MANILA, Philippines—Two weeks before Valentine’s Day, Sen. Pia Cayetano fought for the right of women to receive “luxurious gifts” from their loved ones as she called on her fellow legislators to come up with a higher threshold amount for jewelry purchases before these are reported to the Anti-Money Laundering Council (AMLC).
Cayetano made the practical suggestion during period of amendments to the proposed bill increasing the crimes and transactions covered by the country’s antimoney laundering measure.
Cayetano wants the threshold amount to be higher than the proposed P500,000 for dealers in precious metals and in precious stones to be mandated by law to report the transaction to the AMLC.
“Allow me to speak as a woman. I don’t buy myself expensive jewelry. In fact, I like semiprecious stones. I like what you may call junk jewelry to be perfectly honest. But if a man were to give me jewelry I want it to be seriously good,” Cayetano told her colleagues.
No less than P.5M
“And so in my case, being a public official, it’s like telling me that I have to limit myself to something less than P500,000 so that my gift won’t be reported. I’m making light of this gentlemen. But that is the situation that you put somebody like me,” she said.
This developed as the Senate, with a proposed amendment by Sen. Ralph Recto, removed tax evasion from the bill’s proposed list of predicate crimes that would necessitate monitoring of bank accounts by the AMLC.
It maintained the bill’s provision on casinos and Internet casinos being required to report to the AMLC but with the provision, proposed by Senate President Juan Ponce Enrile, that it should only do so “when there is suspicion of money laundering notwithstanding the transaction being covered.”
The bill was also amended so that real estate agents are no longer required to make a report to the AMLC. Real estate transactions, however, should be reported to the AMLC if the amount involved would be P25 million.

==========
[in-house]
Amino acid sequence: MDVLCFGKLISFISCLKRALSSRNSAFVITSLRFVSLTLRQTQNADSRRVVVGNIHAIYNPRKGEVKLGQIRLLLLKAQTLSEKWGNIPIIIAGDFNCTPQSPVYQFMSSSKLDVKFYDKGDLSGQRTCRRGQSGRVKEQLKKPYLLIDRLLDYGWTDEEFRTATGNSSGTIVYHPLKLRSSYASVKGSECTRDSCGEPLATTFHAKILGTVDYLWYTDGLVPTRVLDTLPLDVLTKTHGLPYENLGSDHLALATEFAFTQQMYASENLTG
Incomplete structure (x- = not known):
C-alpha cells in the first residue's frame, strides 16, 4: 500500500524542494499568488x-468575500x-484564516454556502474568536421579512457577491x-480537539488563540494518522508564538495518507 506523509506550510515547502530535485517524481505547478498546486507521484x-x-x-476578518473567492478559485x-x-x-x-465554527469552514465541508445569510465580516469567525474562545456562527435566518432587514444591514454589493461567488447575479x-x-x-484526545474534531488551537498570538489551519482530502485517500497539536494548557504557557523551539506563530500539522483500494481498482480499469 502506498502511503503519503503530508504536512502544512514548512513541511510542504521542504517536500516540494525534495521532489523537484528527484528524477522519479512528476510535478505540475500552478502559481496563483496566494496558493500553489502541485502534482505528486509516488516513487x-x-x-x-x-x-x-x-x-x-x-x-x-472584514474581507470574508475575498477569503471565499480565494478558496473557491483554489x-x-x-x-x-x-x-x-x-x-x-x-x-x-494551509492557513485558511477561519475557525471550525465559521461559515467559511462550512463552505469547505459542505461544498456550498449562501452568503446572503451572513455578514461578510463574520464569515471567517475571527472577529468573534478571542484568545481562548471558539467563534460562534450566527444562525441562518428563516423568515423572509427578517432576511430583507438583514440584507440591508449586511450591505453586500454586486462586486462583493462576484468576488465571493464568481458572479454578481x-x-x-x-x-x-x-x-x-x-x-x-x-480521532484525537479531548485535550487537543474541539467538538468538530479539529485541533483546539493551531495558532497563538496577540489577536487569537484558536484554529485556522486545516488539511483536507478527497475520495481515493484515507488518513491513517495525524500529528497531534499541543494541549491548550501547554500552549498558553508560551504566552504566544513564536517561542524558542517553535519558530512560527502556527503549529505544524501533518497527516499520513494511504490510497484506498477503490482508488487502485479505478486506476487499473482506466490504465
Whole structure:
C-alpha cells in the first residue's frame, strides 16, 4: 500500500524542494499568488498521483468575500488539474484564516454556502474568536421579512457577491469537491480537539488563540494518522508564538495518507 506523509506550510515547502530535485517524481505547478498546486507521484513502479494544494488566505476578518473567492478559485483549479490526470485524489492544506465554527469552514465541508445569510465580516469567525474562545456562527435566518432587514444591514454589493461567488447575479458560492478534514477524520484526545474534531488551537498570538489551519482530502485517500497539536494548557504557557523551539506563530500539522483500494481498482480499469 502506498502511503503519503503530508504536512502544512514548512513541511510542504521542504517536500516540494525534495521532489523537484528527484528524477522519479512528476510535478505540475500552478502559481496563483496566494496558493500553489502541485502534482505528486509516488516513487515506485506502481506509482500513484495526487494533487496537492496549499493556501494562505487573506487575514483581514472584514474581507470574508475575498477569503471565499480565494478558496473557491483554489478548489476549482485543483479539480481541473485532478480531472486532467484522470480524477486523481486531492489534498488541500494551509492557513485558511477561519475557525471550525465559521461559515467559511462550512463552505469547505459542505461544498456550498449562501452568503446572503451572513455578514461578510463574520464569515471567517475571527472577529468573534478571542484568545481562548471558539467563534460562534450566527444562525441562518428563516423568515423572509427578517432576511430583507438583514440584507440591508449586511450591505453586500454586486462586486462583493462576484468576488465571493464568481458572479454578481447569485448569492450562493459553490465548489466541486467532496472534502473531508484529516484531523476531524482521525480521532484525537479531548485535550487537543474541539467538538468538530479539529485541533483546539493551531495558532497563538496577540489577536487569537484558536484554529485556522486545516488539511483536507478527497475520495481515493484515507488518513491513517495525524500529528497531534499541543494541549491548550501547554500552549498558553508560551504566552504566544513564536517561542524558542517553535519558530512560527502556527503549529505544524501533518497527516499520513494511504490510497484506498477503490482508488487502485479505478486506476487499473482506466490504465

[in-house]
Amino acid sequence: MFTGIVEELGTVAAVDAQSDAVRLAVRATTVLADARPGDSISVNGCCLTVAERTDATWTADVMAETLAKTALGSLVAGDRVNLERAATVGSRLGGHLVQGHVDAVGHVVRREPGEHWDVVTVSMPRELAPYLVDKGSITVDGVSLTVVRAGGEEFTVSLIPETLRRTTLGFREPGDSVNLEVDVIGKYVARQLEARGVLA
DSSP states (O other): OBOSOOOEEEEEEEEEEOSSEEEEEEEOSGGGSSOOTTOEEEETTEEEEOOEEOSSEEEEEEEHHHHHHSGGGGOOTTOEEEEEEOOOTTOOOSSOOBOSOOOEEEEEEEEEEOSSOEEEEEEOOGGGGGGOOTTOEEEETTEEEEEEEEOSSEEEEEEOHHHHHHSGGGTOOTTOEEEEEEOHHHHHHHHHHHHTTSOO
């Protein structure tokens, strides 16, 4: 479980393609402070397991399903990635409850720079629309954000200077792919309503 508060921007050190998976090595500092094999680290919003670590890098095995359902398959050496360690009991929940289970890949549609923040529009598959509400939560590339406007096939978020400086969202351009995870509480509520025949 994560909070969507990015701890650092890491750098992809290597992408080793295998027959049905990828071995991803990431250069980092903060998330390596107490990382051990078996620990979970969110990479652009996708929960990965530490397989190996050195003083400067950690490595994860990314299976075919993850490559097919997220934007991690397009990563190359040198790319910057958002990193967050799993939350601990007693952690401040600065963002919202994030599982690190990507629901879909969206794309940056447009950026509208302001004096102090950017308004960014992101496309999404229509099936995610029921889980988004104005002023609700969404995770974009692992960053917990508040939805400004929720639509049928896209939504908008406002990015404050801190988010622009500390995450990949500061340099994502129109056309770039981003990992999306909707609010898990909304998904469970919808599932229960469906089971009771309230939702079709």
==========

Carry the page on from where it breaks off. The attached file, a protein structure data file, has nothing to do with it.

Cayetano said her issue also goes to daughters, who otherwise would be given pieces of jewelry by their fathers during special occasions like Christmas.
No special someone
Senate Pro Tempore Jinggoy Estrada, who was presiding over the session, then asked Cayetano whether there was still no special someone who would give her jewelry.
“I don’t have a husband and given that (threshold), perhaps nobody would give me a gift anymore,” Cayetano said.
Told by bill sponsor Sen. Teofisto Guingona III that the proposed provision doesn’t seek to prevent giving jewelry worth more than P500,000 but only requires a report to the AMLC, Cayetano said, “Who wants to report how much they gave me? Di parang pinresyohan mo ko nun (It was like you put a price on me).”
Asked what amount should be the threshold be for jewelry transactions, Cayetano said, “I ask the gentlemen here to be generous and think deep. No one has yet to give that kind of gift so I wouldn’t know. But it’s definitely not P500,000.”
“Let’s ask those who like to give these kinds of gifts,” Cayetano said.
Guingona said he expects the measure—the third of three Amla amendatory bills recommended by the Paris-based Financial Action Task Force—to be passed on Monday.
The Aquino administration is pushing for the bill increasing the number of predicate crimes and transactions covered by the Amla to prevent a downgrade of the country’s standing in the international financial community.
A downgrade would mean stringent, even restrictive, regulations imposed on international transactions to and from the Philippines. Aside from affecting investor confidence, it is also expected to affect remittances of Filipino migrants to their families.